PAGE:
Cooking up a storm: High school students compete for scholarships at HRM competition
NAU’s School of Hotel and Restaurant Management recently hosted a cooking competition for Arizona high school students in conjunction with Careers through Culinary Arts Program (C-CAP), a workforce development nonprofit that provides underserved teens a pathway to success. The competition featured a nail-biting countdown and was an interactive opportunity for these aspiring culinary professionals to showcase their skills and potentially win scholarships to a university with a culinary program. HRM’s demonstration kitchen was filled with eager young chefs—their aprons tied tight and their eyes bright as they assessed their stations and got to work. Chef Mark Molinaro, associate executive director and associate teaching professor in the School of Hotel and Restaurant Management, walked through the teams stopping to offer advice, suggestions and even demonstrated proper knife technique. The competition was a part of NAU’s effort to support the career readiness of the next generation of hospitality professionals in Arizona.
“We’re thrilled to be able to provide this opportunity for these students,” Molinaro said. “Our goal is to transform lives through culinary arts education, and events like this really bring that to life.”
Many HRM students complete a culinary internship with local culinary partners. Thanks to the support of local industry leaders, who served as judges, the competitors were able to benefit from wide-ranging and diverse feedback given by professionals who worked their way up in the field.
The judges included Dara Wong, owner of Shift Kitchen & Bar, Mike Schmidt, culinary director and partner-owner of That Place Projects, and Jamie Thousand, owner of Satchmo’s BBQ, to name a few. They spoke to the importance of industry engagement in supporting young people’s career readiness, with one chef noting his first position with Pizza Hut.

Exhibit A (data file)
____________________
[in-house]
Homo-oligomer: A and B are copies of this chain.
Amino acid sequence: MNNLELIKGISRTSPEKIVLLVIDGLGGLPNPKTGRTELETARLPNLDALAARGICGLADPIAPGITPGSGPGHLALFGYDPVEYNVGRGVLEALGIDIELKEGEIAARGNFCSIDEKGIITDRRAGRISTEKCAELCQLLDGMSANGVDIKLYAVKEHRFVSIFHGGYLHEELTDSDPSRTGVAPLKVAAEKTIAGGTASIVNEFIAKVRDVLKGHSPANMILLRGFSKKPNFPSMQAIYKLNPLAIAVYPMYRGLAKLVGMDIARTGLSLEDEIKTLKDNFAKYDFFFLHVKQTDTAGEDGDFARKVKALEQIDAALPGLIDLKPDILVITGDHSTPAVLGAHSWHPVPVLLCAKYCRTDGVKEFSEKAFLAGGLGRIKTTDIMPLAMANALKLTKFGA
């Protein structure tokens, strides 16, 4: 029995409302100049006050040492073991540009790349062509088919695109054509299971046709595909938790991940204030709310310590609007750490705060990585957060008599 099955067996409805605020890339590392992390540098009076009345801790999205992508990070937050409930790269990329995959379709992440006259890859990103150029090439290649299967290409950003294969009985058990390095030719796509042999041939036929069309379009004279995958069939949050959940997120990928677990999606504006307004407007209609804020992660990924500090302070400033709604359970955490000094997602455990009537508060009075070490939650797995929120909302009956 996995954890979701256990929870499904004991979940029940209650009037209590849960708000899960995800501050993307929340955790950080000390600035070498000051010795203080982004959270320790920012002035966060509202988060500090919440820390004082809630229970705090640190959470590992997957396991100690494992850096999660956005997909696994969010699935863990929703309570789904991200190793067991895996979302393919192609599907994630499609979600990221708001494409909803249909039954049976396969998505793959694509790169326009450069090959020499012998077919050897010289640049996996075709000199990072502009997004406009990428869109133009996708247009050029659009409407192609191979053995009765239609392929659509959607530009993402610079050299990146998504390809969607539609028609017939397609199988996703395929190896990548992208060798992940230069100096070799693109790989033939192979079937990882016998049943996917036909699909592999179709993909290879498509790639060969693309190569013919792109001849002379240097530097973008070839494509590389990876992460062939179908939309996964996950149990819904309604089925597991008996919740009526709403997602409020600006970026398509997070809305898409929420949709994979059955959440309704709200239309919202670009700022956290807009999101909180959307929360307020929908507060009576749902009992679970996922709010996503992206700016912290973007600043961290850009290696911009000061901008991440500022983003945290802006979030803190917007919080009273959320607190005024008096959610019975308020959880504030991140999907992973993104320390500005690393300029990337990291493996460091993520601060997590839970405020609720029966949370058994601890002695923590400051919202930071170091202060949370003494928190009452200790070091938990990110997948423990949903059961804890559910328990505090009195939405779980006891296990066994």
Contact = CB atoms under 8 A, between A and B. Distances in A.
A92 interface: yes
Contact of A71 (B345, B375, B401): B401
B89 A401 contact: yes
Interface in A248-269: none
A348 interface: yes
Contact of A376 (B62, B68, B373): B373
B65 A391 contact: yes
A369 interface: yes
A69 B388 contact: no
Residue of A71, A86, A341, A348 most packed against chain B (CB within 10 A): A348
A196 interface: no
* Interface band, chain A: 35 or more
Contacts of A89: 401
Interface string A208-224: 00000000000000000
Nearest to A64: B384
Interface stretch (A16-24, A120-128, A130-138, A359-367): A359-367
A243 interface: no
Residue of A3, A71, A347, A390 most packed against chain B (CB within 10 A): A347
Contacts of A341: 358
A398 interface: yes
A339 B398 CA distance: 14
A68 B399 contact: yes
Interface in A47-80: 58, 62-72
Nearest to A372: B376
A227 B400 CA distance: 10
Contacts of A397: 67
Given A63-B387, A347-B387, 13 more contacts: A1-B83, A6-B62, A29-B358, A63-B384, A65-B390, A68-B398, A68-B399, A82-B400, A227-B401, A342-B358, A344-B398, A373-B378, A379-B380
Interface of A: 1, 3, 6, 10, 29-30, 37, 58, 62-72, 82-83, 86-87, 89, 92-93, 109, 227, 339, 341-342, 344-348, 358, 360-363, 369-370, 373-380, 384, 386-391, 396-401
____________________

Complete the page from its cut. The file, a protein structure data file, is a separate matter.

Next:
Wong is a regular visitor to HRM classes where she talks about her restaurant tour experience and menu engineering concepts; she also has been a judge within HRM culinary classes.
“I love being able to work with young people who are attracted to the industry and just starting out. I hope to inspire and guide, and love being involved in their journey,” Wong said. Her first time helping out with C-CAP, Wong was excited to check out even younger culinary talent, many of whom will end up in the HRM class visits or interning at one of her restaurants.
These students received mentorship and encouragement from experienced professionals in the field. The judges spoke fondly of their time in culinary programs, Flagstaff and building their restaurants before observing, guiding tasting and critiquing the dishes. The high school students were mature, serious and receptive to all comments, instructions and suggestions, confirming they’d understood and agreed with a resounding, “Yes, Chef!”
“Industry engagement is crucial in preparing the next generation of culinary professionals. These students get to learn from some of the best in the business, and it makes a huge impact on their development and future success,” Molinaro said.
Future Lumberjack Sam Bickley was among the competing high school students and wowed with his impressive plating. Already set to attend NAU in Fall 2023, Bickley hoped to win and supplement his finances in the fall. He was already following the mentors’ advice, currently working for the Italian restaurant Genuine and is especially fond of making pizza.
“It’s fun tossing it in the air, and you just have to hope it doesn’t get stuck on the ceiling. I love how much customization there is to it,” Bickley said.
Coming from Phoenix, he hopes to transfer to the other restaurant owned by his current employer located in Flagstaff, which happens to be right off campus. Once he’s received his education and plenty of work experience, his long-term aspirations are to be his own boss and open his own restaurant someday. After their practice competition at NAU the students, competed at the C-CAP State competition. They’re off to the National competition, and the winners will be announced in April 2023.
This competition is just one example of how HRM, through its C-CAP program, has transformed lives through culinary arts education. Molinaro sees the culinary arts evolving with more technology, intentional and adaptive thinking and collaboration between businesses. He’s also confident Arizona has the potential to lead the trend toward a local/regional product supply chain. By providing opportunities like this, HRM is helping to equip the next generation of Arizona’s culinary professionals with the skills and experience they need to succeed in their future careers.
“Our HRM team is focused on getting this next generation of inspired hospitality professionals ready to live their best life, find their place to make an impact, and improve the conditions of our beloved industry,” Molinaro said.
Cynthia Gerber | NAU Communications
(928) 523-7341 | Cynthia.Gerber@nau.edu